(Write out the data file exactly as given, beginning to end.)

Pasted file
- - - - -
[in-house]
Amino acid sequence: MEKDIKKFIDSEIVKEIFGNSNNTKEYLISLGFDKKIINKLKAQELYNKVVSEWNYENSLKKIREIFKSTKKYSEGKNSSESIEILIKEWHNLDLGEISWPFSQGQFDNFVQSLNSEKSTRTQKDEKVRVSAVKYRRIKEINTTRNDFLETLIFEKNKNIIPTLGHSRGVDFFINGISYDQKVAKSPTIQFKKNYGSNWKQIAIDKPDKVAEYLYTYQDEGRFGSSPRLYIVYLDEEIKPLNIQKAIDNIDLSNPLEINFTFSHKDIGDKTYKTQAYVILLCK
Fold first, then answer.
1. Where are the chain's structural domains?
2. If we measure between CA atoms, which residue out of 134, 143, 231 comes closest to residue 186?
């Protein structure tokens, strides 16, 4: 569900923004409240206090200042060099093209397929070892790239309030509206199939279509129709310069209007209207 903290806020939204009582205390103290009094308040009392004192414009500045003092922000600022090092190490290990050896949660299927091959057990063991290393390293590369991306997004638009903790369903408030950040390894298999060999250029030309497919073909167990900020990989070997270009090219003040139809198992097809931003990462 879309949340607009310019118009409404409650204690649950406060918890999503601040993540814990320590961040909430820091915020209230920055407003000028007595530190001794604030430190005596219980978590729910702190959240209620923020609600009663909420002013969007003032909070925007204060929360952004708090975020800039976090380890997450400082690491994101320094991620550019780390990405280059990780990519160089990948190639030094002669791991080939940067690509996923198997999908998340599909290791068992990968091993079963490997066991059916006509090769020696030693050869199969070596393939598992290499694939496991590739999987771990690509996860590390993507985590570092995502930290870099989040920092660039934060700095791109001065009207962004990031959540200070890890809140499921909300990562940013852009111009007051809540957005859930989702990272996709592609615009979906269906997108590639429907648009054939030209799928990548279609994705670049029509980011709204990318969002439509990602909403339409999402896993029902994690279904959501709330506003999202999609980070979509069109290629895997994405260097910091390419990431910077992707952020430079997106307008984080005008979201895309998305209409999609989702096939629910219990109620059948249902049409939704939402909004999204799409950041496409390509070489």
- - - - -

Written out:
[in-house]
Amino acid sequence: MEKDIKKFIDSEIVKEIFGNSNNTKEYLISLGFDKKIINKLKAQELYNKVVSEWNYENSLKKIREIFKSTKKYSEGKNSSESIEILIKEWHNLDLGEISWPFSQGQFDNFVQSLNSEKSTRTQKDEKVRVSAVKYRRIKEINTTRNDFLETLIFEKNKNIIPTLGHSRGVDFFINGISYDQKVAKSPTIQFKKNYGSNWKQIAIDKPDKVAEYLYTYQDEGRFGSSPRLYIVYLDEEIKPLNIQKAIDNIDLSNPLEINFTFSHKDIGDKTYKTQAYVILLCK
Fold first, then answer.
1. Where are the chain's structural domains?
2. If we measure between CA atoms, which residue out of 134, 143, 231 comes closest to residue 186?
């Protein structure tokens, strides 16, 4: 569900923004409240206090200042060099093209397929070892790239309030509206199939279509129709310069209007209207 903290806020939204009582205390103290009094308040009392004192414009500045003092922000600022090092190490290990050896949660299927091959057990063991290393390293590369991306997004638009903790369903408030950040390894298999060999250029030309497919073909167990900020990989070997270009090219003040139809198992097809931003990462 879309949340607009310019118009409404409650204690649950406060918890999503601040993540814990320590961040909430820091915020209230920055407003000028007595530190001794604030430190005596219980978590729910702190959240209620923020609600009663909420002013969007003032909070925007204060929360952004708090975020800039976090380890997450400082690491994101320094991620550019780390990405280059990780990519160089990948190639030094002669791991080939940067690509996923198997999908998340599909290791068992990968091993079963490997066991059916006509090769020696030693050869199969070596393939598992290499694939496991590739999987771990690509996860590390993507985590570092995502930290870099989040920092660039934060700095791109001065009207962004990031959540200070890890809140499921909300990562940013852009111009007051809540957005859930989702990272996709592609615009979906269906997108590639429907648009054939030209799928990548279609994705670049029509980011709204990318969002439509990602909403339409999402896993029902994690279904959501709330506003999202999609980070979509069109290629895997994405260097910091390419990431910077992707952020430079997106307008984080005008979201895309998305209409999609989702096939629910219990109620059948249902049409939704939402909004999204799409950041496409390509070489």